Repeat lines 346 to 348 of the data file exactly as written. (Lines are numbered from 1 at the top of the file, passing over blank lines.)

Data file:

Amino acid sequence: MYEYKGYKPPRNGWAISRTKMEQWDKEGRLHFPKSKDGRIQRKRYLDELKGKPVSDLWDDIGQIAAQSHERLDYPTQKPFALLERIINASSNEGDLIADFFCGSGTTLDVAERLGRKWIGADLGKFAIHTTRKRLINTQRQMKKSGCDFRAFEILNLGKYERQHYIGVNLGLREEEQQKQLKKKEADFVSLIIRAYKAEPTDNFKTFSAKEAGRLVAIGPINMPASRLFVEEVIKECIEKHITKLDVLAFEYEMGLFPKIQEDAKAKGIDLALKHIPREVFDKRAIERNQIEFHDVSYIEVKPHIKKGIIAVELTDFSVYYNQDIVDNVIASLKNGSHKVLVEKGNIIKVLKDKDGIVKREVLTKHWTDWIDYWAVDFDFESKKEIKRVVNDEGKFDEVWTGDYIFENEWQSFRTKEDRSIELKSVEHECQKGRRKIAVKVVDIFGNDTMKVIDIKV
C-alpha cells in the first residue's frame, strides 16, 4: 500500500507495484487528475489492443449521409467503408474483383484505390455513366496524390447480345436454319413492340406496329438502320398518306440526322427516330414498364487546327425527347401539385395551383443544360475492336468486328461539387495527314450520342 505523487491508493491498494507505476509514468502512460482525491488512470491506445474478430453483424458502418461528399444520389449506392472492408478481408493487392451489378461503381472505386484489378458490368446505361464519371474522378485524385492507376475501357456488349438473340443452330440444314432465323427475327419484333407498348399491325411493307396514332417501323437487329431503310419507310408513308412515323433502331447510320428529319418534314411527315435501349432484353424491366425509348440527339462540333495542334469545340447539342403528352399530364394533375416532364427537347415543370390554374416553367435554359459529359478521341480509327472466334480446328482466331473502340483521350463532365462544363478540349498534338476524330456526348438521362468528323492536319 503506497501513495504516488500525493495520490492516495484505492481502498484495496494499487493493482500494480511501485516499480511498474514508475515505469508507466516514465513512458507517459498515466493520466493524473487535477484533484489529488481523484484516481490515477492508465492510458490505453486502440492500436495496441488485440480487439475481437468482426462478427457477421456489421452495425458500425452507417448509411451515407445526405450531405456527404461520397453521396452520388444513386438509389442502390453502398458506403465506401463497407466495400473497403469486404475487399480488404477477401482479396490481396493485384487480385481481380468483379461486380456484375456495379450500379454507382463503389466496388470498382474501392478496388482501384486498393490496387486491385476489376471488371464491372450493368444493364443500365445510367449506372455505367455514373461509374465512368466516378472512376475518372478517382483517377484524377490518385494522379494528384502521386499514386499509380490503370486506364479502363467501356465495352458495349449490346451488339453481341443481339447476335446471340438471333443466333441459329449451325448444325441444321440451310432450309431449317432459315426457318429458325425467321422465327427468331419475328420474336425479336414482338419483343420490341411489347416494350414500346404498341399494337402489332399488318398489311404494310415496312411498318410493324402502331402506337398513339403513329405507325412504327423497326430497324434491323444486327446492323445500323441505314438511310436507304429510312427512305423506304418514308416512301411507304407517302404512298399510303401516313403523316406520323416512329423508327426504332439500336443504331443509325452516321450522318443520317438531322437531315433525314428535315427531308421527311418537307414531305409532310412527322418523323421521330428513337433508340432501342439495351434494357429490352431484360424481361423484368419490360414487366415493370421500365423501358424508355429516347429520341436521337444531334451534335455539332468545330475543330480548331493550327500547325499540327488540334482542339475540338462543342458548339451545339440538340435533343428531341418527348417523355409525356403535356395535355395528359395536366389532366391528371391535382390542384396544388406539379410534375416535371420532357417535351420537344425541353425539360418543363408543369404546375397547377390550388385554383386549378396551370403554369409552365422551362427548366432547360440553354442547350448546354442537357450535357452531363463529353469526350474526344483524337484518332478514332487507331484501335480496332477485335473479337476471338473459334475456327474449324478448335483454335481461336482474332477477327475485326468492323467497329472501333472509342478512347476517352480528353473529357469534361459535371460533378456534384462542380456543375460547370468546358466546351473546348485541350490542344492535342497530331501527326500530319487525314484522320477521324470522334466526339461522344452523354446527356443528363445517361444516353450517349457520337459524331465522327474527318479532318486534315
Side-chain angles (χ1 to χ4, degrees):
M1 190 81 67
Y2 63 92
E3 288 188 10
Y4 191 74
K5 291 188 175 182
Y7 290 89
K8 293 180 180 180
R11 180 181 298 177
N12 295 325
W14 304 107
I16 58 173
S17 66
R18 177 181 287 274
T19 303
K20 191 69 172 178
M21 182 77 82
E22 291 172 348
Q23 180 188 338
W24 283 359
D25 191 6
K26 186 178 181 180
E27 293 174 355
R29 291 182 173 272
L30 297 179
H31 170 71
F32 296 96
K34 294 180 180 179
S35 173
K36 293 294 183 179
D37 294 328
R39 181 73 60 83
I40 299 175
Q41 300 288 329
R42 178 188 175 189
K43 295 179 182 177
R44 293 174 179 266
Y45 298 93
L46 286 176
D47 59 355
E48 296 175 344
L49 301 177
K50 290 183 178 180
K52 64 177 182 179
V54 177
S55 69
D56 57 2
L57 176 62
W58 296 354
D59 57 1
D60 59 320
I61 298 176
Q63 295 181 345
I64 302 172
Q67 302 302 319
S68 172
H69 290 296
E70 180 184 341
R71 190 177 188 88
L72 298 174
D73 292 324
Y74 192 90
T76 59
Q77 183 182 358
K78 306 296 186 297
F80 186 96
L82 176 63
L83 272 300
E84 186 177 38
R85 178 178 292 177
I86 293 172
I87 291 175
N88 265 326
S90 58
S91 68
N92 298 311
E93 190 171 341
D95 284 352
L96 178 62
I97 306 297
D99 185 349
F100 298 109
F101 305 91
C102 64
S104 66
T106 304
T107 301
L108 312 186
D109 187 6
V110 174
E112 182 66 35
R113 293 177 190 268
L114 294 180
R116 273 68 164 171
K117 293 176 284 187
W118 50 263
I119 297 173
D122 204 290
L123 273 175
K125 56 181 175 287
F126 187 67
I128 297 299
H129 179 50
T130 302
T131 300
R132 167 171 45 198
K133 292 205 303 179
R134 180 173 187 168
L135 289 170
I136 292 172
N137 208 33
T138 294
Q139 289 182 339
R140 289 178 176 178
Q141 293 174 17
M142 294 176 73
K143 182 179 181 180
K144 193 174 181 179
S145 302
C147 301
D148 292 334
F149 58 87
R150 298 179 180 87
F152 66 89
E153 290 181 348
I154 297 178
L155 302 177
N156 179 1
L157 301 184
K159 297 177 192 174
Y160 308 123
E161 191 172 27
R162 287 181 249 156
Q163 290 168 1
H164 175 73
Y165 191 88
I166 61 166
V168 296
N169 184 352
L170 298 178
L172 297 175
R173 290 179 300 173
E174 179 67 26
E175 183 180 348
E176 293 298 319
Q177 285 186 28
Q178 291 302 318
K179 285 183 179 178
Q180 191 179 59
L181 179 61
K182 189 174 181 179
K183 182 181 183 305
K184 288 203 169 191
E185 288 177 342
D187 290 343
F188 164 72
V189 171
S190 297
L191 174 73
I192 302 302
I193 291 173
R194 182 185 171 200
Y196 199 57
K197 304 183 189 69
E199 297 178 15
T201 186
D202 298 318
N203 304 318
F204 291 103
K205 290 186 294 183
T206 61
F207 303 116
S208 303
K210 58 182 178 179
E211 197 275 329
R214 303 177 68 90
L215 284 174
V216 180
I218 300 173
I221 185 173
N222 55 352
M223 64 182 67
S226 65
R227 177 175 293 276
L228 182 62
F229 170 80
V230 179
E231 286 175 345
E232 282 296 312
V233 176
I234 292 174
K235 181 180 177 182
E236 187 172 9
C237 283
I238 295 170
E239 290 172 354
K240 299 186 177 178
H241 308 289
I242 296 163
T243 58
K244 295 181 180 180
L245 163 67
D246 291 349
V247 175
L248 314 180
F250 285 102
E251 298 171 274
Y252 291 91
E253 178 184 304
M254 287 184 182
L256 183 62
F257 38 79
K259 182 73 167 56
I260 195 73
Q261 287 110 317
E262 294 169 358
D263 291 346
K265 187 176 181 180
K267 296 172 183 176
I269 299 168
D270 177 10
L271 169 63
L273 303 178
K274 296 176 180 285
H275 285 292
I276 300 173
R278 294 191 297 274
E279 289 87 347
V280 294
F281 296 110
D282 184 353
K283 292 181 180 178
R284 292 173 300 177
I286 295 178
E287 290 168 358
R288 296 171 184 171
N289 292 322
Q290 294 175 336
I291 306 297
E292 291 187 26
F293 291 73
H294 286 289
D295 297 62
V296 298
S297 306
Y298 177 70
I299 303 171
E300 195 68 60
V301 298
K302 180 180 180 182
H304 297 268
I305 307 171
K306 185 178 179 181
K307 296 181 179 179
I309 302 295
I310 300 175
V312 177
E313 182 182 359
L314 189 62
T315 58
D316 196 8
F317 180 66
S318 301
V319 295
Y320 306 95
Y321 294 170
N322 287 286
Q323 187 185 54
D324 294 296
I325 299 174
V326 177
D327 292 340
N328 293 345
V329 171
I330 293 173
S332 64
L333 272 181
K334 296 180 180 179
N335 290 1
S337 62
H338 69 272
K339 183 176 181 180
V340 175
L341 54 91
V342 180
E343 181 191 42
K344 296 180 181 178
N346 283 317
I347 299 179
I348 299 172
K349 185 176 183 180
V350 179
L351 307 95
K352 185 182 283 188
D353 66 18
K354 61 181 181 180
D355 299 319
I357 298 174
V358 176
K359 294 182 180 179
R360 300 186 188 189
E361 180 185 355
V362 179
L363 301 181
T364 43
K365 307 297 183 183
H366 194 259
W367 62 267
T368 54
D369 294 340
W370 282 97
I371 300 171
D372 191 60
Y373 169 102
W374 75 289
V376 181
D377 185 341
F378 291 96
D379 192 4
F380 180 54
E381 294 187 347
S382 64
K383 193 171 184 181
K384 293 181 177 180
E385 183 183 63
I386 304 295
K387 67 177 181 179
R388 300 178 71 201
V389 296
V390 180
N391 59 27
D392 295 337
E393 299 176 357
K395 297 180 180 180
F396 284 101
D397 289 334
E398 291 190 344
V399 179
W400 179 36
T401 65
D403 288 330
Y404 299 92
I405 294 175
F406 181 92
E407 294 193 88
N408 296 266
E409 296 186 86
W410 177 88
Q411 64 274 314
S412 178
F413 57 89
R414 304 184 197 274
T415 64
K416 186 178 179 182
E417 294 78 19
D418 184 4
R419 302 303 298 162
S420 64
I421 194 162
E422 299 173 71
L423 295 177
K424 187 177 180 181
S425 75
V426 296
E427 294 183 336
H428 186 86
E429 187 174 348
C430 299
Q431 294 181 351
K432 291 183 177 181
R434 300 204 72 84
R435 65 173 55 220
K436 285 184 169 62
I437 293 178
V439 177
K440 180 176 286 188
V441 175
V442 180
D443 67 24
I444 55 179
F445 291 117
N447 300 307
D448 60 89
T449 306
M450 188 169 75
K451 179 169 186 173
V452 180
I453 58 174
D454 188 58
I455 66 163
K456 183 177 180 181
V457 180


F406 181 92
E407 294 193 88
N408 296 266